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NASA chooses names for 21 new constellations

NASA has named 21 new unofficial constellations. The discovery of new constellations was made using NASA's Fermi Gamma-ray Space Telescope,…

NASA has named 21 new unofficial constellations. The discovery of new constellations was made using NASA’s Fermi Gamma-ray Space Telescope, and most of these are named after signs from modern myths such as Hulk, Godzilla and TARDIS from Doctor Who. The brand new set of constellations was created to celebrate the 10th year of the Femi Telescope’s operations.

“Developing these unofficial constellations was a fun way to highlight a decade of Fermis achievements,” said Julie McEnery, Fermi Project Researcher at NASA’s Goddard Space Flight Center. “In one way or another, all gamma ray constellations have a connection to Fermi science.”

The Fermi’s Large Area Telescope (LAT) scans the entire sky every three hours. Since July 2008, it has observed thousands of Gamma rays can come from black holes, neutron stars and other exotic cosmic objects in the universe, but this light is invisible to human eyes. During ten years of observation, Fermi has appointed many scientific discoveries related to gamma rays and revolutionized our understanding of the phenomenon.

“By 201

5, the number of Fermis LAT had expanded to about 3000-10 times the number known prior to the mission,” said Elizabeth Ferrara, who led the constellation project. “For the first time ever, the number of known gamma ray sources was comparable to the number of bright stars, so we thought a new set of constellations was a great way to illustrate the point. ”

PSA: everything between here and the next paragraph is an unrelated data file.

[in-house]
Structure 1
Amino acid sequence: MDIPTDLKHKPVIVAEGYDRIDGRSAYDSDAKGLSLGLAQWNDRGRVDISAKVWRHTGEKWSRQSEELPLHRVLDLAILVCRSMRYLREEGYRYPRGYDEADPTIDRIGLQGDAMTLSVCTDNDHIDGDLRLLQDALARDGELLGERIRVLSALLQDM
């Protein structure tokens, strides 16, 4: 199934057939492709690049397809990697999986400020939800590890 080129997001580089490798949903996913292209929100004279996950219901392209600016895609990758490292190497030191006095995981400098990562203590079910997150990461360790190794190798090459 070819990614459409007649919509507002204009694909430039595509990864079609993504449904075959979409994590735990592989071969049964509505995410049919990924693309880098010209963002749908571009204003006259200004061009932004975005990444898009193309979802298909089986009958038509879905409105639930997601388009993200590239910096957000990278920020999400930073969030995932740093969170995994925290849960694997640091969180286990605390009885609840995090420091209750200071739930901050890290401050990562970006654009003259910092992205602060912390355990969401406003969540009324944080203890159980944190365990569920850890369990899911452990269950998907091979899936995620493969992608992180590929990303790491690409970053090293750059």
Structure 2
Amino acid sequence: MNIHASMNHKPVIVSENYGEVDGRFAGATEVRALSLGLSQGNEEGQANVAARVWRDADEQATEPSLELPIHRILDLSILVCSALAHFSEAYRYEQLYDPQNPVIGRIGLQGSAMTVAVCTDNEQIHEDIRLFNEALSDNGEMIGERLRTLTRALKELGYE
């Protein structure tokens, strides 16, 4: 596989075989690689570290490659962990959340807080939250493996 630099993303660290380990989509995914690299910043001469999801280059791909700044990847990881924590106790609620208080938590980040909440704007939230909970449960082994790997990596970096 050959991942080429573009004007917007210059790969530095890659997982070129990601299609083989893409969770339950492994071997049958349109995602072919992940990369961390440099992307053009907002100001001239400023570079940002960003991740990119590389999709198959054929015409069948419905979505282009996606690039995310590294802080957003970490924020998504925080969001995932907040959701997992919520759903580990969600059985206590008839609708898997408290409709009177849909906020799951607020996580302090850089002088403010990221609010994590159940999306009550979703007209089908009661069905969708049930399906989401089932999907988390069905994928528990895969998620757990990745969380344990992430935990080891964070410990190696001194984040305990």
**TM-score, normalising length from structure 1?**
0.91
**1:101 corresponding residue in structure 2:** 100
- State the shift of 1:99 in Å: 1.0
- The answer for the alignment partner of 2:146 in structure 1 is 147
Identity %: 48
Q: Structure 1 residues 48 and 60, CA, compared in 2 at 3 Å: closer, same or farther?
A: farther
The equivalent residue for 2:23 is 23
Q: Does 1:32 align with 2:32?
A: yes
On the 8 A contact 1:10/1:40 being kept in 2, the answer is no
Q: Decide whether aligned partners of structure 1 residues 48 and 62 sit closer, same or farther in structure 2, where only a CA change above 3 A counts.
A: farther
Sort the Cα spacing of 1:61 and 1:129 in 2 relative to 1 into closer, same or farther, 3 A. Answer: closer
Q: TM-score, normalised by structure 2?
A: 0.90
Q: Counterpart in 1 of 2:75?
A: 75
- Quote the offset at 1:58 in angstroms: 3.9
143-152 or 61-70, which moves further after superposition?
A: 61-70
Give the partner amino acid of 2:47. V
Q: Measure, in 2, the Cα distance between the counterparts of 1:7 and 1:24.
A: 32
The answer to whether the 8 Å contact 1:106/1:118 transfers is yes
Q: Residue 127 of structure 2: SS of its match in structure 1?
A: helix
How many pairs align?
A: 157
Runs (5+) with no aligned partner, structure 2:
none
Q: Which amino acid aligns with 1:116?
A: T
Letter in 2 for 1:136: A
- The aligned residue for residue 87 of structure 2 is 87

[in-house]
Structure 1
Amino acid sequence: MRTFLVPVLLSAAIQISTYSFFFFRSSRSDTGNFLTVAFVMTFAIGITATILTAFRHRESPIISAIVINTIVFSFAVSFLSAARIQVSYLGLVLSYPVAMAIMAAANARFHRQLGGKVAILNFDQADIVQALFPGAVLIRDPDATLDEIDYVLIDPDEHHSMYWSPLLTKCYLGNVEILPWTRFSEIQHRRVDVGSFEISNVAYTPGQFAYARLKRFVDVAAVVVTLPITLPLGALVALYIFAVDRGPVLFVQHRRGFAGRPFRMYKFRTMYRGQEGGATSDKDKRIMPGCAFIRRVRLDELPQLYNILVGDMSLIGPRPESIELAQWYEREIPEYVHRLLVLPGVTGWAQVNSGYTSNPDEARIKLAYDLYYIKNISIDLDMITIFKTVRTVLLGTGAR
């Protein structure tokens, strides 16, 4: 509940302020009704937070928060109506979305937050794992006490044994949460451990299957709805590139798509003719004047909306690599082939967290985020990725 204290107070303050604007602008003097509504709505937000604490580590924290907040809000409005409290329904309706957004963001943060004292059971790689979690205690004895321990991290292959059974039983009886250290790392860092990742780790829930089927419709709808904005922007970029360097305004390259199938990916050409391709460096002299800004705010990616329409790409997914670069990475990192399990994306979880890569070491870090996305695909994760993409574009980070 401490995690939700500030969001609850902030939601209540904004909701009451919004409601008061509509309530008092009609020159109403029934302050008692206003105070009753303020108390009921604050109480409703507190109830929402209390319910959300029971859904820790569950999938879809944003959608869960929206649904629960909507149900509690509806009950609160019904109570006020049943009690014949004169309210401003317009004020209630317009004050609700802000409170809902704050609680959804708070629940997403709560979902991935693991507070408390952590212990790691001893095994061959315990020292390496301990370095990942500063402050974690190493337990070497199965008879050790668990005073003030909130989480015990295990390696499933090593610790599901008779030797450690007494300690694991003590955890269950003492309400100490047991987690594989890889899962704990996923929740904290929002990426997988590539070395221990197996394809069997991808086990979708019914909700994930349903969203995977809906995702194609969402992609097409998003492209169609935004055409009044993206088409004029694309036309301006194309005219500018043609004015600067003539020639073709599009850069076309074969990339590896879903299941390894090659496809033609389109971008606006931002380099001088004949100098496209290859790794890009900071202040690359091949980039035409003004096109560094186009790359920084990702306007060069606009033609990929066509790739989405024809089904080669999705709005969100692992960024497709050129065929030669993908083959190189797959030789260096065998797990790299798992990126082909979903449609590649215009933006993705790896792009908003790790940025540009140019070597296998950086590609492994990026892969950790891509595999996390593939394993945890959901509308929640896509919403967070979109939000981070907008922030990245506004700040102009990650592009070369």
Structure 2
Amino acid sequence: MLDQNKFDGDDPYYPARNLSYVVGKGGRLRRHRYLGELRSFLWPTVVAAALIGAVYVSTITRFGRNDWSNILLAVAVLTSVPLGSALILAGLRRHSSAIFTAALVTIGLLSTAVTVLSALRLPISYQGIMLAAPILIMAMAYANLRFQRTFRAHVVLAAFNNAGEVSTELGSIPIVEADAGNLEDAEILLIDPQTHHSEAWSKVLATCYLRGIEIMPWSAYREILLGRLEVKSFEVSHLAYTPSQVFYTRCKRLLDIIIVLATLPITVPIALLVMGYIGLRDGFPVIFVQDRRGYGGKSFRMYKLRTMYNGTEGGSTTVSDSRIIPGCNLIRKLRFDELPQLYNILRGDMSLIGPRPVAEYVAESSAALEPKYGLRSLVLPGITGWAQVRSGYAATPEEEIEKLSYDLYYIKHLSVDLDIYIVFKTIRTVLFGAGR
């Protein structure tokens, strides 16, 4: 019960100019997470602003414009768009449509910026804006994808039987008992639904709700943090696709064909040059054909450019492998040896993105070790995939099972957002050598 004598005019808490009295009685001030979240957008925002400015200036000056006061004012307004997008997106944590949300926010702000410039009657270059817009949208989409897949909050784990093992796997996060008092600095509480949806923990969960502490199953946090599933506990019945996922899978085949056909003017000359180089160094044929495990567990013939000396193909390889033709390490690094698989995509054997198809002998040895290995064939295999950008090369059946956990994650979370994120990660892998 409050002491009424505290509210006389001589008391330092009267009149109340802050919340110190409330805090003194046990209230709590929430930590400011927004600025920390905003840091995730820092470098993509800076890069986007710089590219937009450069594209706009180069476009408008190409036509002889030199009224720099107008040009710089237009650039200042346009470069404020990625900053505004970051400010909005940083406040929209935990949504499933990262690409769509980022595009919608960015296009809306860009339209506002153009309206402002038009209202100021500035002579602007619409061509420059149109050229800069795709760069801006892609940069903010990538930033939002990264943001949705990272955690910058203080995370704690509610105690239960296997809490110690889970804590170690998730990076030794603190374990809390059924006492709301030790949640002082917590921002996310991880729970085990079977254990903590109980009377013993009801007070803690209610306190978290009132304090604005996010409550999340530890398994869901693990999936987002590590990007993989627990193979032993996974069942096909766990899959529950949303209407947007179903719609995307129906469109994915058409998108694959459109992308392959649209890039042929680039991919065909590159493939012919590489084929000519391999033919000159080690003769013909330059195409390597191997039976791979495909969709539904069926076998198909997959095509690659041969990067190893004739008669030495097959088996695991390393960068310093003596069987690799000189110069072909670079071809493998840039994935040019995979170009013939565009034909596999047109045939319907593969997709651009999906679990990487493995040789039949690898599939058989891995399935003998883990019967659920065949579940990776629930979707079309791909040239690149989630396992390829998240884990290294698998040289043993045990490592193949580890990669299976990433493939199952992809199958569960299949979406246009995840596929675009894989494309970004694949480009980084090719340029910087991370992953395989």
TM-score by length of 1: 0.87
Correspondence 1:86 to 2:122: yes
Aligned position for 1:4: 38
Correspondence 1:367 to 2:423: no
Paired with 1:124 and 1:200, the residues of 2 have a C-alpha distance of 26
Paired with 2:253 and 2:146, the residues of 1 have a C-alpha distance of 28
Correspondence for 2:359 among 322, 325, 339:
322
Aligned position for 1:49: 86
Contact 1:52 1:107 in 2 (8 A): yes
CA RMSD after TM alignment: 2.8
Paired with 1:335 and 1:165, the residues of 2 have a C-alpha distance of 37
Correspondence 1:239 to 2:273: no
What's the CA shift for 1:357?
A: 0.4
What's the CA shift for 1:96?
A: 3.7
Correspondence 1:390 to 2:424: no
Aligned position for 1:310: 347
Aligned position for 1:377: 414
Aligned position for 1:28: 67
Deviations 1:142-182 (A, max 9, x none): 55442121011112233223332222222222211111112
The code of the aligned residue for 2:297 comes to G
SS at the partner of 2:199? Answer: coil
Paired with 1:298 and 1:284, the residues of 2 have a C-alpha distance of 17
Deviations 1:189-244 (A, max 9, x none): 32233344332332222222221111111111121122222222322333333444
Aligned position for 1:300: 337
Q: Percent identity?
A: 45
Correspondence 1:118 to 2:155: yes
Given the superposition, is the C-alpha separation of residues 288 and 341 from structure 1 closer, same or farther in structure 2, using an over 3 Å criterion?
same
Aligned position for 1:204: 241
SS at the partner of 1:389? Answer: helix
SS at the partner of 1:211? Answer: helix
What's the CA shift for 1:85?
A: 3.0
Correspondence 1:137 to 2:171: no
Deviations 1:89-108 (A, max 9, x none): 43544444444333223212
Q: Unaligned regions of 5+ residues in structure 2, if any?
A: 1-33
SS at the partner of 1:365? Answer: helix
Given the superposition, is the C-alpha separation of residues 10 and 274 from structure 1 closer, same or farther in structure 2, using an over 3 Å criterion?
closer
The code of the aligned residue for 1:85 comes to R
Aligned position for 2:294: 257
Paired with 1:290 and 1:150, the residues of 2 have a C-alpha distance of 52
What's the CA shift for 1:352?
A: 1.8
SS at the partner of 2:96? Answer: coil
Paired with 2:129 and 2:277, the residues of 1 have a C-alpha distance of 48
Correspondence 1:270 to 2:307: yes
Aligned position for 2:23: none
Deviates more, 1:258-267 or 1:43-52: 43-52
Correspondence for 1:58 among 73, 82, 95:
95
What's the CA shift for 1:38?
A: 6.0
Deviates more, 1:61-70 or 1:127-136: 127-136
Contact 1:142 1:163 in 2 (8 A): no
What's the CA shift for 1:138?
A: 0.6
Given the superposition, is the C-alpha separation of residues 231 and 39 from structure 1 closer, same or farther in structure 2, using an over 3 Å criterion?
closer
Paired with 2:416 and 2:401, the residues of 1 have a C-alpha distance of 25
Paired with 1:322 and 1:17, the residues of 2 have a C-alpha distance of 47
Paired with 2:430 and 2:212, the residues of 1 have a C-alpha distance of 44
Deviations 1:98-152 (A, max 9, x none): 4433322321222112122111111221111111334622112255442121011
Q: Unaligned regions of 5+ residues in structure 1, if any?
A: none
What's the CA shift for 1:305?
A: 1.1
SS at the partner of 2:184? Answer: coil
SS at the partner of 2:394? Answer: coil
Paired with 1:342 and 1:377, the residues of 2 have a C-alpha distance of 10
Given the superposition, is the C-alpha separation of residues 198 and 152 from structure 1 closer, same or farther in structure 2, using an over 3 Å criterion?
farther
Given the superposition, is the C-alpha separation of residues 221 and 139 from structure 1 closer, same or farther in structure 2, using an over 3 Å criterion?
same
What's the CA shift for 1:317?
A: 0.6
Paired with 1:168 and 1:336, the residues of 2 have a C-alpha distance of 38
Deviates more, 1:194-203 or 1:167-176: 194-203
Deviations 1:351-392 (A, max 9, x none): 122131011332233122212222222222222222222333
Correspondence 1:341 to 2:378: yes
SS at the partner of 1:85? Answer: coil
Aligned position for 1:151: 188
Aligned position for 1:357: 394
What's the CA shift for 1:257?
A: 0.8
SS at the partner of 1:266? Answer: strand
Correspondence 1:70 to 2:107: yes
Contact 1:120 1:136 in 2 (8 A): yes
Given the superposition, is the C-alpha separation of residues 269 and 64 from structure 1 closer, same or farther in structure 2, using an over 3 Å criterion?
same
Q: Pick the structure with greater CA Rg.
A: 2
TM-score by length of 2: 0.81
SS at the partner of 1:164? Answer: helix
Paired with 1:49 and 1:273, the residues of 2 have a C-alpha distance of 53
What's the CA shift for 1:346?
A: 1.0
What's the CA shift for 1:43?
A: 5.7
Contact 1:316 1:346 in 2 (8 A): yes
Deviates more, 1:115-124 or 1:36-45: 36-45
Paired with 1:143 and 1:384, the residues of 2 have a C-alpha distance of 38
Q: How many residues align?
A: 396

Constellations are basically forms made by groups of stars. There are currently 88 official constellations and the original set of constellations is recognized by the International Astronomical Union (IAU). Most of the original constellations are attributed to ancient Greek. The new 21 gamma ray constellations not only based on modern fictional characters but also famous landmarks such as Sweden’s restored warships, Vaasa, Washington Monument and Mount Fuji in Japan.

Fermi’s sharper vision still detects more gamma-burst bursts than any other mission and continues to build a clearer picture of the gamma ray sky.

“Fermi remains strong, and we are now preparing a new LAT catalog all over the sky,” said Jean Ballet, a Fermi team member at the French nuclear energy commission in Saclay. “This will add about 2000 sources , many varied strong in brightness, further enriches des said constellations and experience high energy heaven! “

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